# Eigenketes and Eigenvalues of operators

## Homework Statement

Again, consider the two-dimensional vector space, with an orthonormal basis consisting of kets |1> and |2>, i.e. <1|2> = <2|1> = 0, and <1|1> = <2|2> = 1. Any ket in this space is a linear combination of |1> and |2>. a) [2pt] The operator A acts on the basis kets as A|1> = |1>, A|2> = −|2>. Find the eigenkets (=eigenvectors) of A, and the corresponding eigenvalues. Find the matrix which represents the operator A in the basis of |1> and |2>. Find the matrix which represents the operator A in the basis of eigenkets of A.

A|a> = c|a>

## The Attempt at a Solution

Well for the first part, I just said that if A|a> = c|a> where c is a constant, then |a> is the eigenket or eigenvector and c is the eigenvalue so I got

|1> is the eigenvector and 1 is the eigenvalue for A|1> and |2> is the eigenket and -1 is the eigenvector for A|2>. I am unsure of how to find the corresponding matrix that represents A in the basis of |1> and |2>

Is it just (1 -1) but as a column matrix?

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kuruman
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The matrix is 2x2 and its ijth element is $A_{ij} =<i|A|j>$. Can you construct the matrix now?

Yes I figured it out. Thanks!

Okay, so I have my matrix in in the basis of |1> and |2> as (1,0)
(0 1)

Sorry I am not sure how to write matrices on this forum. I am wondering how would I apply the change of basis to get them into the basis of the eigenkets of A? Since the eigenkets is just |1> and |2> wouldn't they be the same basis?

kuruman
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To write matrices and other math expressions, click on the LaTeX link, bottom left and to the right of the question mark.

Constructing the matrix in the eigenket representation, $|V_1>$, $|V_2>$, use the same procedure. The ijth element is $A_{ij}=<V_i|A|V_j>$. If you do it correctly, you will see something that should have been obvious in retrospect.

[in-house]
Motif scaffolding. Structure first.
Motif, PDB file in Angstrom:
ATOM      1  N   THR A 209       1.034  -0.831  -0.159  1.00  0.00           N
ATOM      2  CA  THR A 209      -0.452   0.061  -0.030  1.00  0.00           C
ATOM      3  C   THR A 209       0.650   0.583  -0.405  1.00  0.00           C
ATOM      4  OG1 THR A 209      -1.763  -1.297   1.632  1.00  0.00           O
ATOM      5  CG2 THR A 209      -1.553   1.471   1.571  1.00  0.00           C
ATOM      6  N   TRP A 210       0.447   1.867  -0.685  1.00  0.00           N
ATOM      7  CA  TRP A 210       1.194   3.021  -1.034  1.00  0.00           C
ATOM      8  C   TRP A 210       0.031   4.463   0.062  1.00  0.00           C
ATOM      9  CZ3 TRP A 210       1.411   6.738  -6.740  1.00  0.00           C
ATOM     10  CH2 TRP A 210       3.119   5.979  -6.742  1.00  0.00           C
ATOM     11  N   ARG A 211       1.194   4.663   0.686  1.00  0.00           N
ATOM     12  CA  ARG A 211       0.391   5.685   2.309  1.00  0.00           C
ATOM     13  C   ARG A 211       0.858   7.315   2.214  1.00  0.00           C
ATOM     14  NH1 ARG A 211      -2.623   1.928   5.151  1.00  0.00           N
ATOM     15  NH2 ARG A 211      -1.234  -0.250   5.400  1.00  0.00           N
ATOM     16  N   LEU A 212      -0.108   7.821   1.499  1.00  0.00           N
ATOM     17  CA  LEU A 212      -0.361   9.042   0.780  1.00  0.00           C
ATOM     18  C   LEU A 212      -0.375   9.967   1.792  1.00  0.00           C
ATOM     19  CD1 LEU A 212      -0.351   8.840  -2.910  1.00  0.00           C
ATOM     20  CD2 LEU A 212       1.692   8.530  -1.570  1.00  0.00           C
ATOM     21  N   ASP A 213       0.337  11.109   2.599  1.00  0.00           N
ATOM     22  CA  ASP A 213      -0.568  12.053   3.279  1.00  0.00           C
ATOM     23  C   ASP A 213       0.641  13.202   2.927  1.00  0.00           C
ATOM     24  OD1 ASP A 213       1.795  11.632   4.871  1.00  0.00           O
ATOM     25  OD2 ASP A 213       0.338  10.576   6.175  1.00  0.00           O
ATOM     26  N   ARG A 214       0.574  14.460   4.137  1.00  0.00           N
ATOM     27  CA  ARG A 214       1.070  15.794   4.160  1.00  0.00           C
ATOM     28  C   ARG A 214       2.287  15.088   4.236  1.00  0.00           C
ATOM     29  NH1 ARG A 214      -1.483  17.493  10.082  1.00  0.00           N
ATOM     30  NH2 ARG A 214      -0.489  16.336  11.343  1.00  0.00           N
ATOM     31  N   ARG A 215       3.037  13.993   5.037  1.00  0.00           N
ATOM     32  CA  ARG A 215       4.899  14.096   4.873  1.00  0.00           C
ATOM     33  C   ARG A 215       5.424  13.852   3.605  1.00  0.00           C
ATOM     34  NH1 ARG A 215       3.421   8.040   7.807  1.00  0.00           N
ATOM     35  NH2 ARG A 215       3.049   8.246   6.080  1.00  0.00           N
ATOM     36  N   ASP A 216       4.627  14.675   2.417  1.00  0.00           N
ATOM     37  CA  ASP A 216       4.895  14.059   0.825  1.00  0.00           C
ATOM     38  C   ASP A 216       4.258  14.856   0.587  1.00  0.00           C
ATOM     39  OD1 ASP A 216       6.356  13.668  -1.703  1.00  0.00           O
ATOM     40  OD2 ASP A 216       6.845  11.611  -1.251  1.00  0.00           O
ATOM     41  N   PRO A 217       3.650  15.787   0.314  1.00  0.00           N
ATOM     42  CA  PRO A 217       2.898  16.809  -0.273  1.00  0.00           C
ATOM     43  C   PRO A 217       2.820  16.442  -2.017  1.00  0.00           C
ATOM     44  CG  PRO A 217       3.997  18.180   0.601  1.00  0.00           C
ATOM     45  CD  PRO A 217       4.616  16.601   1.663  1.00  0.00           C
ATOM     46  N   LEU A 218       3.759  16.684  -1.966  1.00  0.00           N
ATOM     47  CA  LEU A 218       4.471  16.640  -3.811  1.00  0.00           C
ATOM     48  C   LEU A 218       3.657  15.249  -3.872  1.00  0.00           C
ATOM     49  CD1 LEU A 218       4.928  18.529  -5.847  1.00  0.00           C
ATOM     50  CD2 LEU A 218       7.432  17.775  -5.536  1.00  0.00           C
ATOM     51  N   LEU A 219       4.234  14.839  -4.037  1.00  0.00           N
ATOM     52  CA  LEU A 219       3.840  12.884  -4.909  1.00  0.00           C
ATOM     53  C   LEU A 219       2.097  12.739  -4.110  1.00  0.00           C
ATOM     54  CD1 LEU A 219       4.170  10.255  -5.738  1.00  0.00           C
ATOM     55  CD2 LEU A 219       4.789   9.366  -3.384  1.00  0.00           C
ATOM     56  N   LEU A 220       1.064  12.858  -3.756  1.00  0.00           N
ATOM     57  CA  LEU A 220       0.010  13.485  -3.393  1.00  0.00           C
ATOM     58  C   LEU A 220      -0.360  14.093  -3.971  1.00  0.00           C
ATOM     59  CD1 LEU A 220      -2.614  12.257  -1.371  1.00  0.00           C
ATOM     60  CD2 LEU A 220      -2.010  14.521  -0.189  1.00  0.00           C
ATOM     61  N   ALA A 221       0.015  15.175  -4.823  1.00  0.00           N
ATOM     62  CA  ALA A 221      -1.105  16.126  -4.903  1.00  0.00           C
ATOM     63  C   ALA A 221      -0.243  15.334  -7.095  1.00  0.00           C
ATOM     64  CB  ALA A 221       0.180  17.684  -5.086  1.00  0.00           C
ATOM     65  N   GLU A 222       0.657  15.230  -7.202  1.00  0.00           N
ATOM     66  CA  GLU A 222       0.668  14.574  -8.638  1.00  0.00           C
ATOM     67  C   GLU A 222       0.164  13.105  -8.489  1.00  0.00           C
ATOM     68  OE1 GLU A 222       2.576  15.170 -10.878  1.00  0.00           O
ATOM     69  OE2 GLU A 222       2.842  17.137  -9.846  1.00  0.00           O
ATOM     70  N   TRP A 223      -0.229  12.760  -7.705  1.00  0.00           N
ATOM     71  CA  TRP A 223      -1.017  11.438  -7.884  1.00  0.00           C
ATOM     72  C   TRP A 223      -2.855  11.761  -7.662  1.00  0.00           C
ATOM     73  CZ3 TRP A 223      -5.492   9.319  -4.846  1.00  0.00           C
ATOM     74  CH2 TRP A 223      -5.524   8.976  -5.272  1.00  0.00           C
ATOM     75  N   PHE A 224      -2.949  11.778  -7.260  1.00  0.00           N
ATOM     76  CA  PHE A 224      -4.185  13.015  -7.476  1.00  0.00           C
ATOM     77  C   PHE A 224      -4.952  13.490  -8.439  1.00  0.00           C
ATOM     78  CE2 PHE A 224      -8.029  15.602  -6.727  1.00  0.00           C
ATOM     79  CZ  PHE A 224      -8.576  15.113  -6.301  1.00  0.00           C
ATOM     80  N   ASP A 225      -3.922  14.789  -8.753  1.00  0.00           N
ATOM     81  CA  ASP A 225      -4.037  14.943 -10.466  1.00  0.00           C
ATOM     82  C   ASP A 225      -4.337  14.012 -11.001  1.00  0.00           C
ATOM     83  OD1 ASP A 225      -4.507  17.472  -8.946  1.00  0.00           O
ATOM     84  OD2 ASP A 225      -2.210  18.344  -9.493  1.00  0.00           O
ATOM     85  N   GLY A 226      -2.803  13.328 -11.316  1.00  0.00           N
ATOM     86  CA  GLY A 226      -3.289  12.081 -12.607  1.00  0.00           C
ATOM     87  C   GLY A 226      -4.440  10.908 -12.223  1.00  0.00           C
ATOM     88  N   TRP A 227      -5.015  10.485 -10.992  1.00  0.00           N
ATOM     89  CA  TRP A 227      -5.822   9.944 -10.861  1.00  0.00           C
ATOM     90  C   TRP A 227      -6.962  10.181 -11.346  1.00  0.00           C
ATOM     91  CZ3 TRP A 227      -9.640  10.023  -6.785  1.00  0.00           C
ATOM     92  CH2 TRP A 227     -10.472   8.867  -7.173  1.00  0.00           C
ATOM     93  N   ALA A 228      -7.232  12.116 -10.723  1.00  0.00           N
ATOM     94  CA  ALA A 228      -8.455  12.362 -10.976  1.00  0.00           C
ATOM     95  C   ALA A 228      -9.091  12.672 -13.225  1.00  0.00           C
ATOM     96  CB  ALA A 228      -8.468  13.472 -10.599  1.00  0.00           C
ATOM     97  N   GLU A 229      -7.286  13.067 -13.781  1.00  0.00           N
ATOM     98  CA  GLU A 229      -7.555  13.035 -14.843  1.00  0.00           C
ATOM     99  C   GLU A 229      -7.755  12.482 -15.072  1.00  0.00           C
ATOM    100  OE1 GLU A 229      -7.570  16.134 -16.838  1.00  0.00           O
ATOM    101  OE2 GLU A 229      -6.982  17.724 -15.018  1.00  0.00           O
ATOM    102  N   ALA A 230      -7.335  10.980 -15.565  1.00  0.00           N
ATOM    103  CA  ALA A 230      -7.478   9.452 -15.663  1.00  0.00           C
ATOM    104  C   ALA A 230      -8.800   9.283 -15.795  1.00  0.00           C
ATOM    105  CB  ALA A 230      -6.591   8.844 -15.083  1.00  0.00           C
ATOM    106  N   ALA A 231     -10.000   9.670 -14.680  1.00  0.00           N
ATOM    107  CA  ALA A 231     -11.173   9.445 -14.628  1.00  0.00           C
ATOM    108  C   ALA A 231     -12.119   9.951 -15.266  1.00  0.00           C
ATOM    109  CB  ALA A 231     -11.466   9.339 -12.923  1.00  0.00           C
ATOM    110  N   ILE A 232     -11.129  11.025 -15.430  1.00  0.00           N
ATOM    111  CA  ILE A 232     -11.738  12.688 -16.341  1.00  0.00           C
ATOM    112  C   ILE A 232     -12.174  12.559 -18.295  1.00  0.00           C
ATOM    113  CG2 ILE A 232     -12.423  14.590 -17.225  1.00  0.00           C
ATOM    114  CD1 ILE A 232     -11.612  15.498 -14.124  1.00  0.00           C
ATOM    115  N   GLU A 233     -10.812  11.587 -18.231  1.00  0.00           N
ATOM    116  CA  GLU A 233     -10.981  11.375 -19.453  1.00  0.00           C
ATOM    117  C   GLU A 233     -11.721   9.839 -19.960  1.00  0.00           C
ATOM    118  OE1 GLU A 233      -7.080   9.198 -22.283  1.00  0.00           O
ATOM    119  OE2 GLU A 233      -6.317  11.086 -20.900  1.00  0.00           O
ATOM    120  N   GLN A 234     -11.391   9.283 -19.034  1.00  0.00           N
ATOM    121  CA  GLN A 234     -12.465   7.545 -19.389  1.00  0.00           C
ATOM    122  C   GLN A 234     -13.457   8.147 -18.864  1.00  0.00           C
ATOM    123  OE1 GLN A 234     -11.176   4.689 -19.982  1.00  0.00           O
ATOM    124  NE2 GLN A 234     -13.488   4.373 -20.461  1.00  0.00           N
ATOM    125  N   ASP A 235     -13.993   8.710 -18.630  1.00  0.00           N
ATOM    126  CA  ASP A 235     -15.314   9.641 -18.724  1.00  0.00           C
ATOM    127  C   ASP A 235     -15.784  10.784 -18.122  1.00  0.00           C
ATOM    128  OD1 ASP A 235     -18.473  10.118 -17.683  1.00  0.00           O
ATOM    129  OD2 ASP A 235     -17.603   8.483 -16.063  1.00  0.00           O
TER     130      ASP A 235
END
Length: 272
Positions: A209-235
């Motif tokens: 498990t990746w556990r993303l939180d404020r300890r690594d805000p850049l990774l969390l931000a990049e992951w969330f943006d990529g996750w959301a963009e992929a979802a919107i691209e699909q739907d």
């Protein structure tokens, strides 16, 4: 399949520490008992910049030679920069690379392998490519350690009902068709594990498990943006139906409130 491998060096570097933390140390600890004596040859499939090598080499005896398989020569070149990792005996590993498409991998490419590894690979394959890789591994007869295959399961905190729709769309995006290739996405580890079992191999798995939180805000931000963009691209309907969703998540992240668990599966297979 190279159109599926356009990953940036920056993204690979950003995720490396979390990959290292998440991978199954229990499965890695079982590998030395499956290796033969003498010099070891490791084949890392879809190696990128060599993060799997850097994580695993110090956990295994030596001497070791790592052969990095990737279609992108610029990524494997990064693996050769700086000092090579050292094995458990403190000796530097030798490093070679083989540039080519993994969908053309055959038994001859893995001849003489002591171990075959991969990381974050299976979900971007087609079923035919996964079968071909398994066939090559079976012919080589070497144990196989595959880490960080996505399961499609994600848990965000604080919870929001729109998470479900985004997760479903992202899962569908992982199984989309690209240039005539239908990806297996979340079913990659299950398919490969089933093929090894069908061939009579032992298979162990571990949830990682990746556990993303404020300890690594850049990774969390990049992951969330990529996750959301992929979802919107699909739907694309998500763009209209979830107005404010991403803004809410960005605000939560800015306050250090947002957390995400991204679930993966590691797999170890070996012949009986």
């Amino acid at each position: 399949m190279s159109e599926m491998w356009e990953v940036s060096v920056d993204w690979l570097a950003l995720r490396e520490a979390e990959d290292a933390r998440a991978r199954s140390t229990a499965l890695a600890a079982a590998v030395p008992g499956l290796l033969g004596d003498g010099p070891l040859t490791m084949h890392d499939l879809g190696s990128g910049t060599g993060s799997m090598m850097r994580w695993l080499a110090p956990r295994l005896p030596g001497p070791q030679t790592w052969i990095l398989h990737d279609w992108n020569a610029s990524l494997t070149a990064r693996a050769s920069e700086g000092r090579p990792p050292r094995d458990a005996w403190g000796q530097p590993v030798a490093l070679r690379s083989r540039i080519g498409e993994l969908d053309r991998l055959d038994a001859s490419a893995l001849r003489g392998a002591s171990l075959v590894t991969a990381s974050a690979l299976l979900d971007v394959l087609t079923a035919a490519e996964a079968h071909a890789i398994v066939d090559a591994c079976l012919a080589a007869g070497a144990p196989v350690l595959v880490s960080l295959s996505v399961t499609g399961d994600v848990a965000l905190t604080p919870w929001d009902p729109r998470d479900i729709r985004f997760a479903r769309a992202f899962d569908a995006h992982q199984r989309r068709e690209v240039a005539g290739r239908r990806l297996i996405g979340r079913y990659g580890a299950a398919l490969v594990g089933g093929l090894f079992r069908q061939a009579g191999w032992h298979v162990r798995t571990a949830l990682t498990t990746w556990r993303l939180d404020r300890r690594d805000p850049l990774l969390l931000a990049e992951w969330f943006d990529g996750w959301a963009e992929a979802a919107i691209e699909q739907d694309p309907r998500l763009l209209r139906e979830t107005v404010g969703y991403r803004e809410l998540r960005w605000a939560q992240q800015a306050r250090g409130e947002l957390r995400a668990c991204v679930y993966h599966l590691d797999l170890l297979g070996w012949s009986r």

So if my eigenket is |1> and |2> then would my result not be the same? Or is my eigenkets not |1> and |2>

Orodruin
Staff Emeritus
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|1> is the eigenvector and 1 is the eigenvalue for A|1> and |2> is the eigenket and -1 is the eigenvector for A|2>.
I believe you have a slight, but important misunderstanding. There is no such thing as an eigenvector of A|1> or an eigenvector of A|2>. Instead, A|1> = |1> means that |1> is an eigenvector of A with eigenvalue 1 and similarly |2> is an eigenvector of A with eigenvalue -1.

A is an operator from a 2D space to a 2D space. As such it should be represented by a 2x2 matrix, not a column or row matrix.

I believe you have a slight, but important misunderstanding. There is no such thing as an eigenvector of A|1> or an eigenvector of A|2>. Instead, A|1> = |1> means that |1> is an eigenvector of A with eigenvalue 1 and similarly |2> is an eigenvector of A with eigenvalue -1.

A is an operator from a 2D space to a 2D space. As such it should be represented by a 2x2 matrix, not a column or row matrix.
I see. Just to make sure, the |1> and |2> are used as symbols here to denote the vector in A|1> and A|2> correct? As in it's the same notation but different vector if I were to write B|x> and B|y>

kuruman
Although A|1> is a vector, it is not the same as vector |1>. It is the vector you get when you operate on vector |1> with operator A. It is analogous to this idea. If you have a function $f(x)$, then $g(x) = df(x)/dx$ is a new function that you get when you operate on $f(x)$ with operator $d/dx$. For the same reason you cannot say that $f(x)$ is used as a "symbol to denote" the function $df(x)/dx$, you cannot say that vector |1> is used as a symbol to denote vector A|1>.